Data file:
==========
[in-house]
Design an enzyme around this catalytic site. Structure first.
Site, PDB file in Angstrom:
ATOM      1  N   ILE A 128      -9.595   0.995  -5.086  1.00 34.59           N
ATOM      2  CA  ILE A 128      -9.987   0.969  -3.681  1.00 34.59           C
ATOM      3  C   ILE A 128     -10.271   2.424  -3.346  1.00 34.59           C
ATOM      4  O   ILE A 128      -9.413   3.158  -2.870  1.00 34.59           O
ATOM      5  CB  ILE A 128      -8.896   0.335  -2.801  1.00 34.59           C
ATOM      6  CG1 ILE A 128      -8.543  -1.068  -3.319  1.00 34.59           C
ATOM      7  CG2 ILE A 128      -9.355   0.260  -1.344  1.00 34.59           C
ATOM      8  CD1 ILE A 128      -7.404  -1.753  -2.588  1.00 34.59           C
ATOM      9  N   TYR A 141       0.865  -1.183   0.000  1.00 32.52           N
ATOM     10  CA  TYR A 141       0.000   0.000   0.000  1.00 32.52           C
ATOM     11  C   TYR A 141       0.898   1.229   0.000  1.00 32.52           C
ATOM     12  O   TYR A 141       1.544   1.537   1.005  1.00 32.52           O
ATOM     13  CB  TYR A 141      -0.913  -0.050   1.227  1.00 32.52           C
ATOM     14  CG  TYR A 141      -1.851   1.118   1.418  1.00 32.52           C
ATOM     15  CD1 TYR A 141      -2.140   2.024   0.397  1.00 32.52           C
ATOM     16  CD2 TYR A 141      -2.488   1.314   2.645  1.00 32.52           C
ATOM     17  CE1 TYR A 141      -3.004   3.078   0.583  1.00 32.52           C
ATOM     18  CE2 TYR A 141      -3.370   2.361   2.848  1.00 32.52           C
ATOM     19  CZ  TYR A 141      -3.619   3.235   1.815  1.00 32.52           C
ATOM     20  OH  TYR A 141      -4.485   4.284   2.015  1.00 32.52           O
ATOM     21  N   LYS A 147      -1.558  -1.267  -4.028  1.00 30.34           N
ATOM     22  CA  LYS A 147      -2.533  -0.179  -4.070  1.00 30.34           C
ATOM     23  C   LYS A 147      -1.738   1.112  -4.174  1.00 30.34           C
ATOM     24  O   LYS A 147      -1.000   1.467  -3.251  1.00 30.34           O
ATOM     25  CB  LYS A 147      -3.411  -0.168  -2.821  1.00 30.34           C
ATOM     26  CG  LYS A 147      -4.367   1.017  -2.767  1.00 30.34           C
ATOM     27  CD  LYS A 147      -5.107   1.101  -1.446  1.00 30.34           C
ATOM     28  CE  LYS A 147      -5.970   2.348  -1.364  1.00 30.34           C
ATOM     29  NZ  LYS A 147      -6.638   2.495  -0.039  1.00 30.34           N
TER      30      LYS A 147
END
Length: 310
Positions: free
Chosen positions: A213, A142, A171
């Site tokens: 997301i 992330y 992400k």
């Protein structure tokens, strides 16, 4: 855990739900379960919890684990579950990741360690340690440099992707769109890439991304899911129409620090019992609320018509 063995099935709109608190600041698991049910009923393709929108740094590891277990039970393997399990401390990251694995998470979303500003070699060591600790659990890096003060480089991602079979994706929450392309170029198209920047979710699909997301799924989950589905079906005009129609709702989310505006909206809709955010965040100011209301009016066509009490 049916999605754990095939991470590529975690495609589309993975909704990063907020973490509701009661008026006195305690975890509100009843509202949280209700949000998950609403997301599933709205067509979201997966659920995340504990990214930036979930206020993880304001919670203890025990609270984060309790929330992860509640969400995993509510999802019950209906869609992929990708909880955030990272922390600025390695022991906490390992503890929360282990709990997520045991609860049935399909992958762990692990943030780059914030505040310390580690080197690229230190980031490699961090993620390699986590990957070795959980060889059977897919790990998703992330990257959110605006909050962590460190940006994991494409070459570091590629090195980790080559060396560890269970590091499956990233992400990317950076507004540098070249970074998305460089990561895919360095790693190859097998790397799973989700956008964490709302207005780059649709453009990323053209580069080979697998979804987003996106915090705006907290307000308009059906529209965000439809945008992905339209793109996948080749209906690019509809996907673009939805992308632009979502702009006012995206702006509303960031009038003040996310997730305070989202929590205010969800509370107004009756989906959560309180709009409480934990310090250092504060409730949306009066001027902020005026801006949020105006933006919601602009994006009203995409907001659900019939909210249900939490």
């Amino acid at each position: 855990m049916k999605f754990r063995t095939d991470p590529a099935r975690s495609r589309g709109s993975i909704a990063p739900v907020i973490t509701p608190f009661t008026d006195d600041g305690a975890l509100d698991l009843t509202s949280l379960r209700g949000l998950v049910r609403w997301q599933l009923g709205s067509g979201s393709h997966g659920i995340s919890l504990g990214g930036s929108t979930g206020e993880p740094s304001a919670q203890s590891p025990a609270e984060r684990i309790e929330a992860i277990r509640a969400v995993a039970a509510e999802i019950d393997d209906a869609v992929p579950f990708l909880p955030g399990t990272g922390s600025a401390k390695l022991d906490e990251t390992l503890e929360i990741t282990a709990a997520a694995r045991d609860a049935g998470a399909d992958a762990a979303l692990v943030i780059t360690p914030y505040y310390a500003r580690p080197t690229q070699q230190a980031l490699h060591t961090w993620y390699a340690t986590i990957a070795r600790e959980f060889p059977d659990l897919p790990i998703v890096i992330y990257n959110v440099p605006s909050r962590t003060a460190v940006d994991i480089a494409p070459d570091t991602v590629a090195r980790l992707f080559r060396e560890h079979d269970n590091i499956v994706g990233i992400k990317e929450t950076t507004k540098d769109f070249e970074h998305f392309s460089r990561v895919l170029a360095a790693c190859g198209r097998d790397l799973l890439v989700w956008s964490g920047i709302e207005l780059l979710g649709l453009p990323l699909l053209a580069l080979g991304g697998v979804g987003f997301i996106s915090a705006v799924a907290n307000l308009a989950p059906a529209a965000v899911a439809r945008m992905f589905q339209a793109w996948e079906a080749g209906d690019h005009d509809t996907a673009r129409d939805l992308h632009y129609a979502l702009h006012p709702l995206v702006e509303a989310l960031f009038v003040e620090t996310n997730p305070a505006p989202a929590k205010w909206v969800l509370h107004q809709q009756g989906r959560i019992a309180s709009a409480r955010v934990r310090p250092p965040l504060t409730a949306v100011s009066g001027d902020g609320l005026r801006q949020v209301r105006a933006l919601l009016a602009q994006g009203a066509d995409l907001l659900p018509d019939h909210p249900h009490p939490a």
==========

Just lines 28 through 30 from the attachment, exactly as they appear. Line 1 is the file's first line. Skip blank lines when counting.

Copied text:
ATOM     25  CB  LYS A 147      -3.411  -0.168  -2.821  1.00 30.34           C
ATOM     26  CG  LYS A 147      -4.367   1.017  -2.767  1.00 30.34           C
ATOM     27  CD  LYS A 147      -5.107   1.101  -1.446  1.00 30.34           C